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What a Russian Invasion of Ukraine Would Mean for the Global Economy

The impact of a disruption of Russian raw materials would be broader. It’s difficult to predict how the dominoes would fall.
A globe shaped into a grenade
Illustration: Sarah Grillo/Axios

Russia announced a partial pullback in Ukraine today, but the crisis is far from over.

Why it matters: If there was a Russian invasion, there would not only be geopolitical shockwaves and human tragedy, but it also could upend markets and strain the global economy.

  • The largest country on earth by land mass, Russia is a commodities giant, ranking as a top producer of natural gas, oil, nickel, palladium, copper, coal, potash, wheat and more.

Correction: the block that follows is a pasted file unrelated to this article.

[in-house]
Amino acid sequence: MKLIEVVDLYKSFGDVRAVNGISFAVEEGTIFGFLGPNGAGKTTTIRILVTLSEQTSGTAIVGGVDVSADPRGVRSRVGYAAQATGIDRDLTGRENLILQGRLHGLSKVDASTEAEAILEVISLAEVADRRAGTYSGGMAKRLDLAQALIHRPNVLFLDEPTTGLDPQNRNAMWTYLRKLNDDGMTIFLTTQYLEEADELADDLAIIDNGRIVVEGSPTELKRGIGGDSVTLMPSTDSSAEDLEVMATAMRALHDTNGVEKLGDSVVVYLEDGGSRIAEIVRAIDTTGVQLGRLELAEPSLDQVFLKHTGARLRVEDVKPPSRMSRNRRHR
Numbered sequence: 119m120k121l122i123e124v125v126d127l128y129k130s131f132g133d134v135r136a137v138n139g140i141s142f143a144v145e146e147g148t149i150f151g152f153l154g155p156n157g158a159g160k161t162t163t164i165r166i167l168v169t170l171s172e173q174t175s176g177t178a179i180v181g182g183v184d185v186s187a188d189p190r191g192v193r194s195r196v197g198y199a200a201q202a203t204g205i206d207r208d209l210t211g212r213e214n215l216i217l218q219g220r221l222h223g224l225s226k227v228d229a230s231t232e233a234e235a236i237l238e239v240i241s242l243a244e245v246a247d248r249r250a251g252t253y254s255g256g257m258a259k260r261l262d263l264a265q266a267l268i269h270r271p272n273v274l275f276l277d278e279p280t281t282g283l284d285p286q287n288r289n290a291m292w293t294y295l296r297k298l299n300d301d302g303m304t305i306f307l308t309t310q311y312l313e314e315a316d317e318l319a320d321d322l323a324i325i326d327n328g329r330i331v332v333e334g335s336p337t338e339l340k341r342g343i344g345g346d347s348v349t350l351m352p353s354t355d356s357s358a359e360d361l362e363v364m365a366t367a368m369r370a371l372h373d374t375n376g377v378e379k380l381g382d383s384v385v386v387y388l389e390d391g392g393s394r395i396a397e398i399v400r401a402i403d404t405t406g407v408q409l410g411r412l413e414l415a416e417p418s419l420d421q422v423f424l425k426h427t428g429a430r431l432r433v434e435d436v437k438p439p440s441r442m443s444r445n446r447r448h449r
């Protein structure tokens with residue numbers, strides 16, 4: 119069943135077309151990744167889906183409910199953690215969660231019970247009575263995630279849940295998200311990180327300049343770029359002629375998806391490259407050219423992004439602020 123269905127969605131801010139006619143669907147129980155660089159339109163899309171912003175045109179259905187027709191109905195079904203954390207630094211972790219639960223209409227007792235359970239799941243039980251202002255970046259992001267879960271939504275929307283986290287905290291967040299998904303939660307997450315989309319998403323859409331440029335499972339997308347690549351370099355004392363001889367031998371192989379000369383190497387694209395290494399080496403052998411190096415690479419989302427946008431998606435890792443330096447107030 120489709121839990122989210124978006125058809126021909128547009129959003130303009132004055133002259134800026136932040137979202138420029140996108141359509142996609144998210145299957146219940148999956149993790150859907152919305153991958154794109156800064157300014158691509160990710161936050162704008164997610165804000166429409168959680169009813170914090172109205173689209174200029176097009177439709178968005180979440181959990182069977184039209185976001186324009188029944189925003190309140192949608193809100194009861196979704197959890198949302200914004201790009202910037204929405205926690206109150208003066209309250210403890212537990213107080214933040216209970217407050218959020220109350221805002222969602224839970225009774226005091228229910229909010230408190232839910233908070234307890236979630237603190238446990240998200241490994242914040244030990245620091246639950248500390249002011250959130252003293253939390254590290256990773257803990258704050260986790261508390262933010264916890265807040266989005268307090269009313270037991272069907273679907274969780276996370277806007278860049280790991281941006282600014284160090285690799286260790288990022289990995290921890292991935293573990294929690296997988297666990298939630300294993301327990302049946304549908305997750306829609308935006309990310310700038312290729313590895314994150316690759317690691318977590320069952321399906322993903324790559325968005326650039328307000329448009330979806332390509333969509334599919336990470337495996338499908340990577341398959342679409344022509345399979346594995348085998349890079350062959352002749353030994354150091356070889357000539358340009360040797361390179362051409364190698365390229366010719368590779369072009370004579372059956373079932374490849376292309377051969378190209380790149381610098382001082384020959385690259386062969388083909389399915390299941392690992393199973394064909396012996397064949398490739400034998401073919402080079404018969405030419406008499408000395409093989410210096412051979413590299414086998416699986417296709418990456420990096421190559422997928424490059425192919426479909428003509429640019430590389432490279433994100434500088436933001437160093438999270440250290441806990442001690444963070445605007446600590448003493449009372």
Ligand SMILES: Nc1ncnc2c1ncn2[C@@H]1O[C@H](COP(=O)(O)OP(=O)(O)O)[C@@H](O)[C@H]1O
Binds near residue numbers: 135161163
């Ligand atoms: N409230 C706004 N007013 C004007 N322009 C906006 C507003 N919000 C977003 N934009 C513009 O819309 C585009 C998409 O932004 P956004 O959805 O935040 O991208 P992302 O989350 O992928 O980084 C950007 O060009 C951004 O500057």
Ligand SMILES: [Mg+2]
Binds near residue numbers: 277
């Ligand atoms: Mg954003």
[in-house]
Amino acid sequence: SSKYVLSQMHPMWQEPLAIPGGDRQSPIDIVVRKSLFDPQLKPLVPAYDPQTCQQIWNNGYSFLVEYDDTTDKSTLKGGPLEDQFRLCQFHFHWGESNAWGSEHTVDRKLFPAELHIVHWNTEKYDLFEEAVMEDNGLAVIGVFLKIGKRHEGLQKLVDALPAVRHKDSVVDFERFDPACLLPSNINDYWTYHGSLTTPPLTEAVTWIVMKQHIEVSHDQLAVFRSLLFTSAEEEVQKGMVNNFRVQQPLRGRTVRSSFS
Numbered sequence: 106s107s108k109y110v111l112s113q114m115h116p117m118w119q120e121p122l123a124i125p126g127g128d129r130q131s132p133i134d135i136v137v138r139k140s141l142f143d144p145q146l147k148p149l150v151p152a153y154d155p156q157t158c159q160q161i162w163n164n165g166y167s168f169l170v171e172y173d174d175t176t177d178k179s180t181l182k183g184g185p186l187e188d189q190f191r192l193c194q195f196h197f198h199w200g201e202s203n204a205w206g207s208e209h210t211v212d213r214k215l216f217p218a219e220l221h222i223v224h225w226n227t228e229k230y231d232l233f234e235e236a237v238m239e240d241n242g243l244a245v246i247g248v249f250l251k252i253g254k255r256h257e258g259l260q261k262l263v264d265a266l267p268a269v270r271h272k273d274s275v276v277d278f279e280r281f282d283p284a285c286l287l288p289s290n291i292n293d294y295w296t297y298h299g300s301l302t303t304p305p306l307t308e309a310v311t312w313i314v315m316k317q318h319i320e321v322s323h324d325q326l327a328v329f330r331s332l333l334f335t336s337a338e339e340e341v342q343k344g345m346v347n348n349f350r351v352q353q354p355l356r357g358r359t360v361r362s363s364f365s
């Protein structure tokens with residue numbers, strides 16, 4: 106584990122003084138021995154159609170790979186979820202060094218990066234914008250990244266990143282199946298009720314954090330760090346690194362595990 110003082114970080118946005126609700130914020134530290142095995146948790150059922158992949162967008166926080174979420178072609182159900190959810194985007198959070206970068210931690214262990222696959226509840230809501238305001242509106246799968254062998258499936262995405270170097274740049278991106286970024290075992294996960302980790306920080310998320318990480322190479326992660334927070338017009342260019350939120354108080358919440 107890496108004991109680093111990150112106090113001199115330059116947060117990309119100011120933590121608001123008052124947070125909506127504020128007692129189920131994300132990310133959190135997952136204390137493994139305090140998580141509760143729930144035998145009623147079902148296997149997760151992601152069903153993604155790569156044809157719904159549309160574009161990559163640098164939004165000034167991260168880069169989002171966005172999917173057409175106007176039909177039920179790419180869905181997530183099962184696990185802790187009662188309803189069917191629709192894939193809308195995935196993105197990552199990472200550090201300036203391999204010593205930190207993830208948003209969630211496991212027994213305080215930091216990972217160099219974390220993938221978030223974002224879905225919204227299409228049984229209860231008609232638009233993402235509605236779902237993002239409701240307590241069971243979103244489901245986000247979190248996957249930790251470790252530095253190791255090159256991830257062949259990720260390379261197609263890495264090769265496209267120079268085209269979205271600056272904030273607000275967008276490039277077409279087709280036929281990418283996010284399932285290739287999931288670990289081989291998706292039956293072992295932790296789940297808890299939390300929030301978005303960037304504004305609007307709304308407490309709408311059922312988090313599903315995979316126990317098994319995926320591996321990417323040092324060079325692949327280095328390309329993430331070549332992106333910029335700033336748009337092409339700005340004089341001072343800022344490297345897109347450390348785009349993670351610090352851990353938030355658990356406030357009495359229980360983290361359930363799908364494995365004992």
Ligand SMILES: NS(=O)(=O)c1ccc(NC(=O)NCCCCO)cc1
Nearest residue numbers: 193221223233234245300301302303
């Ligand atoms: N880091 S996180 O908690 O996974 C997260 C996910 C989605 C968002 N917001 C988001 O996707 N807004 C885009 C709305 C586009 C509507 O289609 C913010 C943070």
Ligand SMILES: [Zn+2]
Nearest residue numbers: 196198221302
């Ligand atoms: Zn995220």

• Disruptions to Russian exports — either at Russian President Vladimir Putin’s say-so or due to sanctions — would drive up commodity costs, adding to global inflationary pressures and supply chain disarray.

State of play: Russia is the largest supplier of natural gas and crude to the European Union.

  • Oil prices briefly jumped above $96 a barrel on Monday — the highest since 2014 — as investors grew skittish about continued access to Russian crude.
  • Natural gas is an issue too. Europe — particularly Germany — is most exposed should supplies of Russian natural gas stop flowing. More than 20% of Germany’s gas flows from Russia, so a gas shutoff to the European economic and export giant could hurt growth and reverberate throughout global supply chains.

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